Tuesday, April 8, 2014

The Intellectual World of C. S. Lewis

Alister E. McGrath, The Intellectual World of C. S. Lewis. Wiley-Blackwell, 2014. 191 pages. ISBN 978-0-470-67279-2

The reader might wonder if we really need another book on Lewis. The books on Lewis is a publishing industry in itself. Alister McGrath and others believe that there are areas of Lewis's thought that have not been probed. The Intellectual World of C. S. Lewis is a companion to McGrath's biography on Lewis. McGrath thinks that "Fifty years after Lewis's death, it is clearly appropriate to reflect further on his intellectual achievements and heritage" (2). The author notes that in his research for writing the Lewis biography he discovered that "many aspects of Lewis's thought needed detailed and careful reconsideration, especially in the light of their intellectual context" (2).

The Intellectual World of C. S. Lewis is divided into eight chapters. The author states that these chapters have not been published before.  These chapters "aim to set Lewis in the greater context of the western literary and theological tradition, exploring how he appropriated and modified its narratives, ideas, and images. Lewis himself was nourished by this great tradition . . . (2-3). One can see clearly from the writings of Lewis that he was well read in the western tradition. He says of himself that he never set out to write any original thought. Some of the themes addressed in these chapters are myth, philosophy, metaphors used by Lewis, joy, reason, imagination, and Lewis as a theologian.

I have read many of Lewis's works repeatedly over the years and have read much of the secondary literature on him. The Intellectual World of C. S. Lewis does a good job in placing him in the intellectual context of his time. In these essays he explains much about how many of the writings of Lewis came about and how to interpret them. For example, he shows how everything in Surprised by Joy should not be taken literally. He even shows the traditional dating of Lewis's conversion is incorrect. One might ask why this is important. It shows that it was a longer process where Lewis spent an extended time thinking things over before converting to the Christian faith.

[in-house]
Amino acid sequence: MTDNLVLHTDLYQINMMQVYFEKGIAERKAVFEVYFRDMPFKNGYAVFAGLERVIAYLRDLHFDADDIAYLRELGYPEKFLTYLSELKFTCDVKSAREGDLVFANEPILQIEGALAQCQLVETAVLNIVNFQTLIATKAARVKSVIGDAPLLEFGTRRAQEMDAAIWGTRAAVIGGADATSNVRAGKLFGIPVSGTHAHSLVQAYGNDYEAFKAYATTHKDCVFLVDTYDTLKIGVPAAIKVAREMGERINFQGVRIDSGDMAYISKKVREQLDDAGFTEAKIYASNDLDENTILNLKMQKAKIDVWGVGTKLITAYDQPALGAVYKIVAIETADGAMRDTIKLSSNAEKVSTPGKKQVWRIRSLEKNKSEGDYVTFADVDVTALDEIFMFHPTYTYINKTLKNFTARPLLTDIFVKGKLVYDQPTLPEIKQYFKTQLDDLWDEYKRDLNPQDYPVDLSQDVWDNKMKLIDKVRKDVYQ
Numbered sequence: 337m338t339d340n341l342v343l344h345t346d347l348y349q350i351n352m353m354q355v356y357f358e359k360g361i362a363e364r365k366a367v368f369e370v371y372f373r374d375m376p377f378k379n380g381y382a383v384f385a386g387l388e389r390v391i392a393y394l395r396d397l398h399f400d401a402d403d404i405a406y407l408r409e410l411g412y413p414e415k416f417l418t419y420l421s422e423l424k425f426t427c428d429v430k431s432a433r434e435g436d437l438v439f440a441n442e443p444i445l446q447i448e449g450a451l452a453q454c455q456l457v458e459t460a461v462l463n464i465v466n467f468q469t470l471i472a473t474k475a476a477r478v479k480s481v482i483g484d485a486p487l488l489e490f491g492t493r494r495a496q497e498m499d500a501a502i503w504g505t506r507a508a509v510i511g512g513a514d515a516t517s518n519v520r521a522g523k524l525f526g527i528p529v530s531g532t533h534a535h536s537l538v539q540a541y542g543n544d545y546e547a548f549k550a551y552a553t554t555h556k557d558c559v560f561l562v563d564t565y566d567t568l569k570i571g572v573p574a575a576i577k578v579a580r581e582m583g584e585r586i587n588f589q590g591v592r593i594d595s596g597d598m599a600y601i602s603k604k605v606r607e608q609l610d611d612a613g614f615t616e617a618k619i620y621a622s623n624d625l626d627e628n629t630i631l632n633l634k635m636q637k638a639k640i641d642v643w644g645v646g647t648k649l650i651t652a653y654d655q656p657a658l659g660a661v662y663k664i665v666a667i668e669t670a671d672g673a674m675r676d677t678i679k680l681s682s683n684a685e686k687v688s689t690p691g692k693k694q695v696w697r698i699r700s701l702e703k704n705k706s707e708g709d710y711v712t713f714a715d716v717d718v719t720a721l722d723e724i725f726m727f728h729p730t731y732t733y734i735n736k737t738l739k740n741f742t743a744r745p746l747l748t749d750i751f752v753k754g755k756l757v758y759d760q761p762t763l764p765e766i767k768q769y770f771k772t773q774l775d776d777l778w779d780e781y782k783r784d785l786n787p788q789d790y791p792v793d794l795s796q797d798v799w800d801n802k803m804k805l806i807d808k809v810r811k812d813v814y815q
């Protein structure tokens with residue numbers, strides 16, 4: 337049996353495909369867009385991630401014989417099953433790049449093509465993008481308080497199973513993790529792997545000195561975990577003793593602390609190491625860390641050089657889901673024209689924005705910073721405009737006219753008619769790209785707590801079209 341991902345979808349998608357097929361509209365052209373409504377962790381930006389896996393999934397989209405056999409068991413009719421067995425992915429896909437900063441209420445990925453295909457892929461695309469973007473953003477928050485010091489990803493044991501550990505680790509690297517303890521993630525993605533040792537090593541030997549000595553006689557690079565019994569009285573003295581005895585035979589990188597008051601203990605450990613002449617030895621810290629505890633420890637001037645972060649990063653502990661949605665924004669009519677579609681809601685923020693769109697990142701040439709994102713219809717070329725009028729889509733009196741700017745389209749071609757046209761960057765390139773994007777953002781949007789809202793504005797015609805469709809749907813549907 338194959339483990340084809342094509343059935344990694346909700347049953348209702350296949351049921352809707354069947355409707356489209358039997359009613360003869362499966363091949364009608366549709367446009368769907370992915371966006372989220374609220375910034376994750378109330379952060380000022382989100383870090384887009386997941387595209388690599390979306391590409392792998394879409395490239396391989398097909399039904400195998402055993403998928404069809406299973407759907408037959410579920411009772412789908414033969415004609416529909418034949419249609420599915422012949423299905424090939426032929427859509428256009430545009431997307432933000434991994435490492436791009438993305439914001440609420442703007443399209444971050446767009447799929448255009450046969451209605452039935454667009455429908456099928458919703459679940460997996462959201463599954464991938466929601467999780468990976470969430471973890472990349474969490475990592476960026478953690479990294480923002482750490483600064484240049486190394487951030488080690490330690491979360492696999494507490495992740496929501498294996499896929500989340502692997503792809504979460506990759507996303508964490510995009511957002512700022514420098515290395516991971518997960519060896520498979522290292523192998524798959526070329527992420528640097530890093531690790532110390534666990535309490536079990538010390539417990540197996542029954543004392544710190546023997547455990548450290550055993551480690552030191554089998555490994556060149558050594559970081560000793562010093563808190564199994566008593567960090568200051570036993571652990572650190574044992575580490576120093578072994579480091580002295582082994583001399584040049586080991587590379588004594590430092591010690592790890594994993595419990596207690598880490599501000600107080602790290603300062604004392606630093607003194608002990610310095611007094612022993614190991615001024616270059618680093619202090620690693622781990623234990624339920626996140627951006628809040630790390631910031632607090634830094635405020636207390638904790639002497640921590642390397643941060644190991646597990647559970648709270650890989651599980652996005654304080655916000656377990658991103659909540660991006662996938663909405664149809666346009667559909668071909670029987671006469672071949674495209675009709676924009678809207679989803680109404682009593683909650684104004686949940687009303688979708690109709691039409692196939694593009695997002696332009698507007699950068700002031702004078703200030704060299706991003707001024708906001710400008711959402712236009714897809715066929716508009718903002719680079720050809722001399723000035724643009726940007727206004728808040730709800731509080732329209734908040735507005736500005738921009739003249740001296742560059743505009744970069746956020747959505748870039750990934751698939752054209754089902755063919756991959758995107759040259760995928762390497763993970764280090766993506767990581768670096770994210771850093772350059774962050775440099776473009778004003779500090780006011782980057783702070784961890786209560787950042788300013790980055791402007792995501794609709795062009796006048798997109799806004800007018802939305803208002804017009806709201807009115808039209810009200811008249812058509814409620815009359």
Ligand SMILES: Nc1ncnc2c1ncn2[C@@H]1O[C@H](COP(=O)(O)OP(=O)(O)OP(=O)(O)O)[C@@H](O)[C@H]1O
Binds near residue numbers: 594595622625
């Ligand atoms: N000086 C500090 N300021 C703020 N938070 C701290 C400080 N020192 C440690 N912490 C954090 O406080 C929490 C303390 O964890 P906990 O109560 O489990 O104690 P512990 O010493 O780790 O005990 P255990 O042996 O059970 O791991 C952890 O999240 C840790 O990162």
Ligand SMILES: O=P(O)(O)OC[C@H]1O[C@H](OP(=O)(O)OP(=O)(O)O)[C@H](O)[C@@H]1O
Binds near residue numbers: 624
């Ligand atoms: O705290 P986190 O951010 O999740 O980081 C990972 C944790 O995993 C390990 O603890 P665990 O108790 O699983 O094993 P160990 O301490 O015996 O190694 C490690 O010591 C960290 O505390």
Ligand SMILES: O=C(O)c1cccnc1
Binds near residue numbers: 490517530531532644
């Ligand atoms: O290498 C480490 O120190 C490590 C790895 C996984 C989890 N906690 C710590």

In the chapter on "Lewis as a theologian" shows how there has been much bias against Lewis. McGrath notes, "As a young theologian, I was taught to despise Lewis; as a thinking person, I found him refreshing and energizing. As I listened to then-fashionable but now-forgotten voices faulting and dismissing him, I heard a deeper dissenting voice within me. All this may be true, I thought, but Lewis seems to have seen and grasped something that you have missed. That's why people still read him. Of course, they need to go beyond him. But as I have discovered in countless conversations since then, Lewis is the point of access for a large number of people to the serious study of theology" (164). My life resonate with these words. I first discovered Lewis one Christmas break when I was an undergraduate. I checked out the Chronicles of Narnia to read during Christmas. My life was changed forever. I went on to read other works by Lewis. I learned that it was okay for a Christian to pursue the life of the mind. I learned there was no conflict between faith and reason or reason and the imagination. I have read Lewis on and off for over twenty years and I agree with McGrath that he has something important to say.

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